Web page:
Medical Disability

Some of the most commonly provided academic accommodations to students with medical disabilities include:

  • access to notetaker and/or scribe
  • use of memory aids such as formula cards during tests
  • allowance of break periods as needed for rest and taking medication
  • ergonomically designed seating/furnishings
  • adjusted course grades for medical reasons (ie. no penalty for late withdrawals)
  • alternative methods of evaluation
  • provision of extended time for tests and exams. The amount of extra time is determined by the disability support office.
  • allowances for their absences for medical reasons (ie. rescheduling of tests or exams)

Mental Health Disability

Some of the most commonly provided academic accommodations to students with mental health disabilities include:

  • adjusted course grades for medical reasons (ie. no penalty for late withdrawals)
  • separate testing room
  • provision of extended time for tests and exams. The amount of extra time is determined by the disability support office.
  • use of memory aids such as formula cards during tests
  • alternative evaluation procedures
  • priority scheduling of classes (ie. time of day and sequence of courses in a program)
  • provision of a notetaker for lectures
  • reduced course load
  • allowance of break periods as needed for rest and taking medication
  • access to onsite emergency psychological support and referral service

Mobility Impairments

Some of the most commonly provided academic accommodations to students with mobility impairments include:

  • access to adaptive technology, assistive devices and/or a scribe or notetaker
  • allowance of break periods as needed for rest, taking medication and toileting
  • ergonomically designed seating/furnishings
  • advance book/reading lists
  • preferential seating
  • access to all learning activities and services
  • provision of extended time for tests and exams. The amount of extra time is determined by the disability support office.
  • reduced course load
  • early access to timetable for transportation purposes
  • punctuality should not be penalized where mobility is a factor
  • attendant services (funded through MOH)

Vision Disabilities

Some of the most commonly provided academic accommodations to students who are blind or visually impaired include:

  • provision of extended time for tests and exams. The amount of extra time is determined by the disability support office.
  • provision of a scribe/reader for exams and tests
  • provision of a notetaker for lectures
  • provision of alternative format materials (AFM), such as braille, large print, audio tapes or electronic files
  • preferential seating (to optimize listening and proximity to an electrical outlet)
  • tape recording of lectures
  • access to assistive/adaptive technology
  • alternative evaluation methods such as oral presentations or audio taped assignments in lieu of written papers

How do I Apply?

Students are encouraged to self-identify to Accessibility Services as early in the admission process as possible, in order to plan accommodations that will equalize opportunities to participate in all learning and evaluation activities within Sault College.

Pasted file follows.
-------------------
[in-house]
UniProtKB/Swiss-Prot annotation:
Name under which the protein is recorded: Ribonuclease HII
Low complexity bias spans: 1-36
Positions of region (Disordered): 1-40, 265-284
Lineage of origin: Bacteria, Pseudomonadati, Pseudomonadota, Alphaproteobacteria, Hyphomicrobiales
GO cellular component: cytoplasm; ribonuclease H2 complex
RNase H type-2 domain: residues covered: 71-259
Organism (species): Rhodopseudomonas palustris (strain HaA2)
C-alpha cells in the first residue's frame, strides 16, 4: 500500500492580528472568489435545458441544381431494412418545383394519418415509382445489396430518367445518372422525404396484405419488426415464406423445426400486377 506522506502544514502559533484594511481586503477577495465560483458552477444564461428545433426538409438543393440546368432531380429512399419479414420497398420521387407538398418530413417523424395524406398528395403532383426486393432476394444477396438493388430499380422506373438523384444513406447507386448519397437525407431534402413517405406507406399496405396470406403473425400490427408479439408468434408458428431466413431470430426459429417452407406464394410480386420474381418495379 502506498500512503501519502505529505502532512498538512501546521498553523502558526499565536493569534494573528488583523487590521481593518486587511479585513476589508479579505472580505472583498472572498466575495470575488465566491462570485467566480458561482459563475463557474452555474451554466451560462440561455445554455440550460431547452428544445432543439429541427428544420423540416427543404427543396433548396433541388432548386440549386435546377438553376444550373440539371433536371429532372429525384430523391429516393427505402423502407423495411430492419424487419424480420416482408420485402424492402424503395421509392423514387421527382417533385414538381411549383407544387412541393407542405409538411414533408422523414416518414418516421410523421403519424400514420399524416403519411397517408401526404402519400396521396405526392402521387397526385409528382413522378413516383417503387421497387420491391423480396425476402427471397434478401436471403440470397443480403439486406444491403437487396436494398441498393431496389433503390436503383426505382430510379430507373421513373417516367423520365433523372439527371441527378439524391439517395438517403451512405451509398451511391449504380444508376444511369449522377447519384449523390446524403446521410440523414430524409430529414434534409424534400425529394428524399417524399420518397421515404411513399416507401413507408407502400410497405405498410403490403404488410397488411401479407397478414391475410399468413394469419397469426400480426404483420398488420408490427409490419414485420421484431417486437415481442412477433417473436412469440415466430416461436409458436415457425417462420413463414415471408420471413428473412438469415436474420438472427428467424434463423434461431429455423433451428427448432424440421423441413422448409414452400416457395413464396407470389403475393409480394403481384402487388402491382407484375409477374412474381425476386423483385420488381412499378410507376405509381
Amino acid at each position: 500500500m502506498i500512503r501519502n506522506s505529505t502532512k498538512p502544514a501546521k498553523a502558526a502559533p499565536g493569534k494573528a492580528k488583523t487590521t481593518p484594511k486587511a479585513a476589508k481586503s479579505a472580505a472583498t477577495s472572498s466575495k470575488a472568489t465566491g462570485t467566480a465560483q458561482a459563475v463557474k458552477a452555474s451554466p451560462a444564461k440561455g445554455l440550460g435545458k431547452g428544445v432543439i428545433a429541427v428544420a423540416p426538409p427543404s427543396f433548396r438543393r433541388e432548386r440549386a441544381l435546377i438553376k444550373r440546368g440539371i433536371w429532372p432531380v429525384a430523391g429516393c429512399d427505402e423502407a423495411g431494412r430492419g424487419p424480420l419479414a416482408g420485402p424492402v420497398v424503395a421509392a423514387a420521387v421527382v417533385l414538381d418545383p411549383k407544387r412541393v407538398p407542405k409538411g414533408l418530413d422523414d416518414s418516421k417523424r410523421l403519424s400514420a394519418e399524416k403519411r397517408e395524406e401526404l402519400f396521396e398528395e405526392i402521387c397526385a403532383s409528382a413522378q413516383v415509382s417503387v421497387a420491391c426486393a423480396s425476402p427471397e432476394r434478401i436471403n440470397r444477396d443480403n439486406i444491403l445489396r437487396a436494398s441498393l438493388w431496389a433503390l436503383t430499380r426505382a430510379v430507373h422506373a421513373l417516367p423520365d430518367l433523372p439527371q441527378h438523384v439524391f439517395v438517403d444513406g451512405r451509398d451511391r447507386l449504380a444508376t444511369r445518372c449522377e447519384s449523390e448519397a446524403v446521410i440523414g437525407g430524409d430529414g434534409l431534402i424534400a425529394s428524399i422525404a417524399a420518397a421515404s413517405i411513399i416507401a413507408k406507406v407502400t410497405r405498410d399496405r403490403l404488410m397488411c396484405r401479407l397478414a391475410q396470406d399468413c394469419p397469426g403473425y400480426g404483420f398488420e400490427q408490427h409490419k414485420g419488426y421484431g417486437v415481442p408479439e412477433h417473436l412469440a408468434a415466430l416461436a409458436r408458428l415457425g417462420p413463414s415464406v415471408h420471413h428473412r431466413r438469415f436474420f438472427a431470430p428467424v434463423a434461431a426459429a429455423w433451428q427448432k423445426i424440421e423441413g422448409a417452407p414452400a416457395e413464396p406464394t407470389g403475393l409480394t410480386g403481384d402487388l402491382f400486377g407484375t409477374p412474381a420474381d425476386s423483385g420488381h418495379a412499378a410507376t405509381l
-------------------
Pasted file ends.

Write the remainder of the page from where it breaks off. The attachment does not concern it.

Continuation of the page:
Once self-identification occurs, students will meet individually with a Counsellor to develop the accommodation plan. Confidentiality is maintained within the parameters of the Freedom of Information and Protection of Privacy Legislation.

Additional Information

TRANSITION TO COLLEGE

'Let the Journey Begin'

Monday, August 31 - Thursday, September 3: 9:00am - 3:00pm
Friday, September 4: 9:00am - 12:00pm

Thank you for your interest in the 2015 Transition to College Program.

July 15th is the registration deadline so please contact us soon.

The Transitions program provides incoming students with identified learning disabilities with an opportunity to "get settled in" before starting classes. This "settling in" period offers a variety of experiences for students to be better prepared for their new academic career. There is no charge for the Transition to College Program. It is absolutely FREE.

It is a requirement to meet with a counsellor to provide documentation on your disability and discuss accommodations. Please call 705-759-2554 x2703 to book an appointment. If you do not have documentation on your disability or it is more than 5 years old, a counsellor can help you complete an updated assessment. It is important that you meet with a counsellor during the summer or as early in the academic year as possible.

A brief list of some of the seminars and activities:

  • Learn note-taking for lectures
  • Physical activities
  • Develop test taking skills
  • Assistive technology
  • College orientation
  • Learning strategies
  • Understanding course outlines
  • Library orientation
  • Using LMS
  • Self Advocacy
  • Orientation to Accessibility Services
  • Discussion with current students
  • Survivor's lunch
  • Get your student card and locker
  • Start using your student email account
  • Pick up your textbooks and timetable

Please print and submit registration form, or complete /save and email form to This email address is being protected from spambots. You need JavaScript enabled to view it.

For more information contact:
Accessibility Services
Email: This email address is being protected from spambots. You need JavaScript enabled to view it.
Phone: 705-759-2554 x2803 or x2703 or x2803
Fax: 705-759-9857
TTY/TDD: 705-946-8619

View our Brochure
Transition Brochure

Complete and email your registration form
2015 Transition Registration Form